unidentified eggs in detail
There! That’s certainly… multicellular. If you can identify the species from those misshapen blobs, let me know – I think someone scrambled those eggs in the shell, myself.

After taking these, I returned the leaf to a small bucket where I could monitor things, but was unable to check back as routinely as I would have liked, and it appears they all hatched out in the interim. I still suspect snails, given how many are in the pond itself, but haven’t ruled out other things like that wormlike something that appeared first in the video.

One of the water samples that I gathered had a ride-along, a small insect that perched nonchalantly on the water surface and made no attempt to leave the 20ml sample jar that I was using, so I did a few shots of that one while it was being so cooperative.

smaller water strider genus Microvelia cleaning proboscis
I had no idea how to start looking for identification images, knowing this was not a truly aquatic bug, just one that was at home on the surface, so I uploaded the images to BugGuide.net, always a useful resource. But as I did so, I was looking at the anatomy again and realized it was like a short, squater version of a common water strider. In moments, I’d confirmed that this was indeed what it was, though not an immature nymph as I’d suspected from the lack of wings or elytra. The subsequent reply from BugGuide’s volunteers reinforced this discovery: it’s from the genus Microvelia. In this image it is cleaning its proboscis – striders are predatory hemipterans.

The very first things to appear, usually well before winter has gasped its last, are of course the daffodils, and there are only so many ways you can photograph them, but then again, what else is there? So when The Girlfriend had cut a few to put in a vase, I borrowed them one night to at least keep my hand in with the macro rig – I was beginning to think I’d forget what I was doing.

center of daffodil blossom
No no, of course that’s not where I stopped. Please.

stigma and anthers of daffodil
Nothing like a straight-up-the-middle shot, eh? That stigma all moist and receptive, surrounded by eager ‘one-eyed’ anthers crowding around. I’ll let you pick your own appropriate soundtrack music…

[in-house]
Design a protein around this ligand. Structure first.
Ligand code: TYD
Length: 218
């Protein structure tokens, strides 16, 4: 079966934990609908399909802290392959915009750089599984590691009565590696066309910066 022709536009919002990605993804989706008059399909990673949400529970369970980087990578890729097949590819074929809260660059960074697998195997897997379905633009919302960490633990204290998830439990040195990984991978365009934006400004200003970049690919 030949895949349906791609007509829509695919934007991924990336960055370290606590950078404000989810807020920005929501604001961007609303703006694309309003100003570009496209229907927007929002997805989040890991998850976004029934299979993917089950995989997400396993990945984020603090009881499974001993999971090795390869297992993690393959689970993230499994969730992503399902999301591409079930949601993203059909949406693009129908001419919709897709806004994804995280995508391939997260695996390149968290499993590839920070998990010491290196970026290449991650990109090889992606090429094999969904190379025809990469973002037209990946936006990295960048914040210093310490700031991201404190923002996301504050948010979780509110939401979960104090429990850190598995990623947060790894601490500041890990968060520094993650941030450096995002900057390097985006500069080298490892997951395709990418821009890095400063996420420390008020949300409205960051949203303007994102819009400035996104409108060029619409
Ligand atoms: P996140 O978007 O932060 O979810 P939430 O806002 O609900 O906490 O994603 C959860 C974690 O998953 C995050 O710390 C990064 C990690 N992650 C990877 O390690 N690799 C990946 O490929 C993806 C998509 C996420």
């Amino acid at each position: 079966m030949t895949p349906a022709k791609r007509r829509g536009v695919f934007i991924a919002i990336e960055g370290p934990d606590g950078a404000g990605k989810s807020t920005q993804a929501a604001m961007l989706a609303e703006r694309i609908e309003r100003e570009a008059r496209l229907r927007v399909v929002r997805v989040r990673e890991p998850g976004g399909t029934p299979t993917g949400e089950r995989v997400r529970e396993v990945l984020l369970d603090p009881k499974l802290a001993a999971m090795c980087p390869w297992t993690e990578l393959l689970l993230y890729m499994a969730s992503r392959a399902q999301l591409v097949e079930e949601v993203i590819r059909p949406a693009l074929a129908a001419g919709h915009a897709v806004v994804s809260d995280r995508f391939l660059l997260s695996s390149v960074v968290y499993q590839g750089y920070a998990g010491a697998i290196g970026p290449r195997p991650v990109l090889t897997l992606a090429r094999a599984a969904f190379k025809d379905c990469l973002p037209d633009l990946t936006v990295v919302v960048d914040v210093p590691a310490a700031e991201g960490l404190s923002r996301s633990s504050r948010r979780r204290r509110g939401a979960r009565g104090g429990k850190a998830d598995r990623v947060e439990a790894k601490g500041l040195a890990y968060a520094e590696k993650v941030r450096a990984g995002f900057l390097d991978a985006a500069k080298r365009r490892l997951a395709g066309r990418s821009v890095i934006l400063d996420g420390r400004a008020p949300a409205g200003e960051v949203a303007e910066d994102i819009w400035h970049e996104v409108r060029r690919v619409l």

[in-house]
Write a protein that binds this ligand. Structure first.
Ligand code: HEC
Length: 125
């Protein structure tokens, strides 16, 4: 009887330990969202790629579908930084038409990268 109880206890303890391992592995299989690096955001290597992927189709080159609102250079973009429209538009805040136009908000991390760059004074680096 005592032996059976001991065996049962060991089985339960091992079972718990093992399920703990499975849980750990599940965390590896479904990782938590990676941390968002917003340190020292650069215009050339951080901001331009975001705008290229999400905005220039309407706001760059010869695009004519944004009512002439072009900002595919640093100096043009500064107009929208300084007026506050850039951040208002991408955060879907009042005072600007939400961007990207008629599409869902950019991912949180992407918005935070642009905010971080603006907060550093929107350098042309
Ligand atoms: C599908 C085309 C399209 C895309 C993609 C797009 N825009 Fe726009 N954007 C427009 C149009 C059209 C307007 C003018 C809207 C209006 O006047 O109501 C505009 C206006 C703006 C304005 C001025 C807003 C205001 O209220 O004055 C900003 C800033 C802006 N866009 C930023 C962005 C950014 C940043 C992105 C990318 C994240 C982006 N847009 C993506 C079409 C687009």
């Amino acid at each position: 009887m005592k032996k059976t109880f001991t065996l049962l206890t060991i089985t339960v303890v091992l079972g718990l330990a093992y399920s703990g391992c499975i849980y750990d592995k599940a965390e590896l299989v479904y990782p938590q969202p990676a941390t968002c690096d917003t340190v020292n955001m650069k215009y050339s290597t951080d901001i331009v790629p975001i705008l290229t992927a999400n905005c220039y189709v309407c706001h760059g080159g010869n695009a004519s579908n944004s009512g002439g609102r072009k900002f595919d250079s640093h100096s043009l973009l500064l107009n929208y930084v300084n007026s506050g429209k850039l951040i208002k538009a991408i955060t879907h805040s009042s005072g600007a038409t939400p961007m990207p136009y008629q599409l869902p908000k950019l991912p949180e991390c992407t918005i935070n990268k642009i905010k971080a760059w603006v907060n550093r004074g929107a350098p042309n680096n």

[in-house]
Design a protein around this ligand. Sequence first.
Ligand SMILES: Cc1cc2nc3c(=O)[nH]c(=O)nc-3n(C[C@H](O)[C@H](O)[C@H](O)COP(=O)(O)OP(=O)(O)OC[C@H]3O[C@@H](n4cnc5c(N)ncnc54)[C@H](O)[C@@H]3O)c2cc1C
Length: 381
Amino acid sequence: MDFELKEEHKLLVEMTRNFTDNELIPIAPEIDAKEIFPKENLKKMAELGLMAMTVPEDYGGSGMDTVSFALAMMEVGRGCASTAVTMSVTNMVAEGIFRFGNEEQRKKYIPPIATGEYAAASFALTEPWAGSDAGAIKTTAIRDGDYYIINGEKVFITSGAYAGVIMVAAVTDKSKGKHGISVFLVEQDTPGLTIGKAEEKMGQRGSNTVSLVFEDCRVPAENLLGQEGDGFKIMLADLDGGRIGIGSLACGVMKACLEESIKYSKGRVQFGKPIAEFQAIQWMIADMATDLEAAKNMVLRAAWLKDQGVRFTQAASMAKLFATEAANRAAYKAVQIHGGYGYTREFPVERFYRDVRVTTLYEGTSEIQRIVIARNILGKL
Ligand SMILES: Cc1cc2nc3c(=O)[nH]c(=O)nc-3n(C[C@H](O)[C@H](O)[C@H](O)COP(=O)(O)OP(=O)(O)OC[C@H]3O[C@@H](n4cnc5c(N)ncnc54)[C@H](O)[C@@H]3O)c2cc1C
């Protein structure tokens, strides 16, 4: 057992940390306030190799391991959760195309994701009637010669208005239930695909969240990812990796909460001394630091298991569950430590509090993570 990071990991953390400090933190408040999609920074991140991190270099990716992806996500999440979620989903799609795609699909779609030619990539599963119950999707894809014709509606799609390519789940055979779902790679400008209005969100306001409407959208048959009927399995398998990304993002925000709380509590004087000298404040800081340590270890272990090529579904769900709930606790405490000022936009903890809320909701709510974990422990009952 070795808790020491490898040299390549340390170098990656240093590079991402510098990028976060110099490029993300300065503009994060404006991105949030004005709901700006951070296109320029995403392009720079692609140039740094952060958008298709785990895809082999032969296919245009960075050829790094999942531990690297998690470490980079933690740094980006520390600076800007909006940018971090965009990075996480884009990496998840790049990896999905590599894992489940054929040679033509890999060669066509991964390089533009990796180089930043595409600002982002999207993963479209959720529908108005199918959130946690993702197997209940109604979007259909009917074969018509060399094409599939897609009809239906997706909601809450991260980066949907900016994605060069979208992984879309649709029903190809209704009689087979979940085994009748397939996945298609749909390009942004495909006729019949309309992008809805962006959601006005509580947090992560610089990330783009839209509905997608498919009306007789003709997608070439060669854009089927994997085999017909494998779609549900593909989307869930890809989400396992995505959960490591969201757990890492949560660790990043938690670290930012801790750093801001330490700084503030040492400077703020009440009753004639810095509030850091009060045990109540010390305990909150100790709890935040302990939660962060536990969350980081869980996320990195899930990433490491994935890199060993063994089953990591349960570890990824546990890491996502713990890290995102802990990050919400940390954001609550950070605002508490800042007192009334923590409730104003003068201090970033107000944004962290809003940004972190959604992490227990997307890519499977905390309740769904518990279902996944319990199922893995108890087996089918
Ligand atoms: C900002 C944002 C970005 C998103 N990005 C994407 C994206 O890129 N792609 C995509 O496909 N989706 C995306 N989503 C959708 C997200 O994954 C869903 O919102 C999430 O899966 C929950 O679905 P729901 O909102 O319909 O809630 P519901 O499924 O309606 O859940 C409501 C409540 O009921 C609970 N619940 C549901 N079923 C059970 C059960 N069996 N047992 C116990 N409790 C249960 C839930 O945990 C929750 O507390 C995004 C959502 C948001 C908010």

I remembered something from my childhood, one of those elementary school experiments that are supposed to show – something, who knows what – but mostly just look cool. One of those things that you read or hear about, but never actually try, you know? So, given that I’m in my mid-fifties now, I figured it was time to get to this long-neglected task, and cut a new flower to put in its own vase on my desk, adding a few drops of food coloring to its water.

The idea is that the flower draws up the water for a few days and the food coloring stains its petals, creating unnatural hues in the blossoms (it supposedly also works with celery.) My plan was to get it fairly unique in color and then sneak it into The Girlfriend’s own vase and see how long it took her to notice. But perhaps daffodils are the wrong choice for this, because while some coloration did indeed occur, it was to a very limited extent before the flower dried up, too subtle to be of any real use. Ah well.

daffodil fed by colored water
Given those, you should now know what the end of the month abstract image was; as the flower started to dry out, I took a section of a petal to pop under the microscope, naturally picking a portion that was showing the color. And it might be showing some evidence of this, if you look closely at the image at that link – there are faint hints of cyan here and there, but that could also just be refraction of the light too. Still, I’m just getting started, so we’ll see what kind of funky stuff I can dig up later on.